Sweet@The Poets, 7 May 2023
Less ‘Manic’, more ‘Traumatic’, Raina Griefer’s solo spoken word show frequently has the uncomfortable honesty of a victim impact statement in this retrospective study of the 23-year-old’s sexual history.
Flashed up feminist rhetoric slides on heterosexual sexual politics are dotted throughout this troubled autobiography as thought-provoking anchors – there’s a lot to unpack and it’s a skilled writer-performer who delivers such personal intimacy in such an engaging variety of ways. The slides are joined by teenage mood boards, costume changes, props, a soundtrack of cues and music, and more in this versatile labour of love. Emotional carelessness and a cold disregard for consent and participation are frequent haunting flags flown in these encounters. Griefer has much to say and share, it bubbles up overflowing from her in raw, hurt poetic couplets and puppetry representations of past lovers, her experiences so fresh as to be still part-processing. She has not been treated well – that much is clear, and yet her lack of personal agency within these tales is both heart-breaking and frustrating.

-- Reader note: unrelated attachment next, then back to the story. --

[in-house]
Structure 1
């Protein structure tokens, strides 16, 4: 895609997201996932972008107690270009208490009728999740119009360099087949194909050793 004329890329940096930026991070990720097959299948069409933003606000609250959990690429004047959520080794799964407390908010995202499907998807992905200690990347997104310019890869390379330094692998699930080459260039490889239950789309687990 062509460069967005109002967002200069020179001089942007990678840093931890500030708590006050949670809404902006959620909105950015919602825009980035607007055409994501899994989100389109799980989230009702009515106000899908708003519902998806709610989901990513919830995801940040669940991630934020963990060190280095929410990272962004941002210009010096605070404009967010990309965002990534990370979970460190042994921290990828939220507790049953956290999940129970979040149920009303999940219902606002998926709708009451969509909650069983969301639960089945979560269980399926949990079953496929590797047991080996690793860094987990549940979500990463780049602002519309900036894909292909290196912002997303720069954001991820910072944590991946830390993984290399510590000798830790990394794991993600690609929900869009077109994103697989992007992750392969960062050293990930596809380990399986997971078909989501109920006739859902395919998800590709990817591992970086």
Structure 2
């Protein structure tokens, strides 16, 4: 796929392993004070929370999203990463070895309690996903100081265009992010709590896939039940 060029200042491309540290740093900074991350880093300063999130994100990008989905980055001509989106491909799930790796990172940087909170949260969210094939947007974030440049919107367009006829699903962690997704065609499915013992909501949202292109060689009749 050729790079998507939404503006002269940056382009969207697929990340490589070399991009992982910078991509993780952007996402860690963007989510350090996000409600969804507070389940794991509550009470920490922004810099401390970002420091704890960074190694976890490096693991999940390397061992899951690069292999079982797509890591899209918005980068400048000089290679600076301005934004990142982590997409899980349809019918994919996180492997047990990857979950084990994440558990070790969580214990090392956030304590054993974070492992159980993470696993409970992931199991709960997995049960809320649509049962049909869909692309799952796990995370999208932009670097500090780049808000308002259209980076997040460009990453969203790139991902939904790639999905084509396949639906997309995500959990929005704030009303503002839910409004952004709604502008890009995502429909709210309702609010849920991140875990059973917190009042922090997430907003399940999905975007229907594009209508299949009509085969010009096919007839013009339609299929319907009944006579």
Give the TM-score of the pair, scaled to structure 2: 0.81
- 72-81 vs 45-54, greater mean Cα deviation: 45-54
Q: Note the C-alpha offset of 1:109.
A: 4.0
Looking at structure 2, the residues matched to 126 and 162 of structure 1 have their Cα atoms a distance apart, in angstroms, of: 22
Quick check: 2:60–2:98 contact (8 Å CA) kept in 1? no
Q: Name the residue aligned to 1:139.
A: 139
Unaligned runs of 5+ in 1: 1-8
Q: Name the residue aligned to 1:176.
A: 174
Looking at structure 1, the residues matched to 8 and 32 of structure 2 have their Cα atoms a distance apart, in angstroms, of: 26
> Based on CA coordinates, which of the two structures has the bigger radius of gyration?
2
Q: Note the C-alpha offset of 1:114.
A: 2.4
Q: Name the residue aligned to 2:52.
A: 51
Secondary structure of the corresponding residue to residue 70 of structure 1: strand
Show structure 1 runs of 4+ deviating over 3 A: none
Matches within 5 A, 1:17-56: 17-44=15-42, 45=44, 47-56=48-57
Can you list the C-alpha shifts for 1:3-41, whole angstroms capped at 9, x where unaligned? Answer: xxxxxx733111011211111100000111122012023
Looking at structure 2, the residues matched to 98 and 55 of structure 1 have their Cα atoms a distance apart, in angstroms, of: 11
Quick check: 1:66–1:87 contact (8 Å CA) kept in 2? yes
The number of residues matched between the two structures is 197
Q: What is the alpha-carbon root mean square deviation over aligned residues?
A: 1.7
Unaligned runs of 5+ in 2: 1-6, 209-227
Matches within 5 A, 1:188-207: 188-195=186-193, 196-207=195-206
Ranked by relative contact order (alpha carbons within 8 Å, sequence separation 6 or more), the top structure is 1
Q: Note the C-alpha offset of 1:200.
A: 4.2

There is an overabundance of content to consider, standing free asking us to make our own connections between it and the rhetoric. ‘Manic’ is an extensively well-researched and presented essay on modern straight sexual relations, but with no suggested or hinted at conclusions to the piece. This is presumably deliberate but a shame, as just a hint at historical or sociological context might bring forth a common ground starting place for the explosion of questions this show so clearly should prompt from her academic-sounding quotes and heartbreak.
Once this is no longer so fresh another shape of ‘Manic’ may come to Griefer. She is a skilled writer and performer, creative in her tellings and engaging throughout. She so deserves resolution for her show, and her relationships.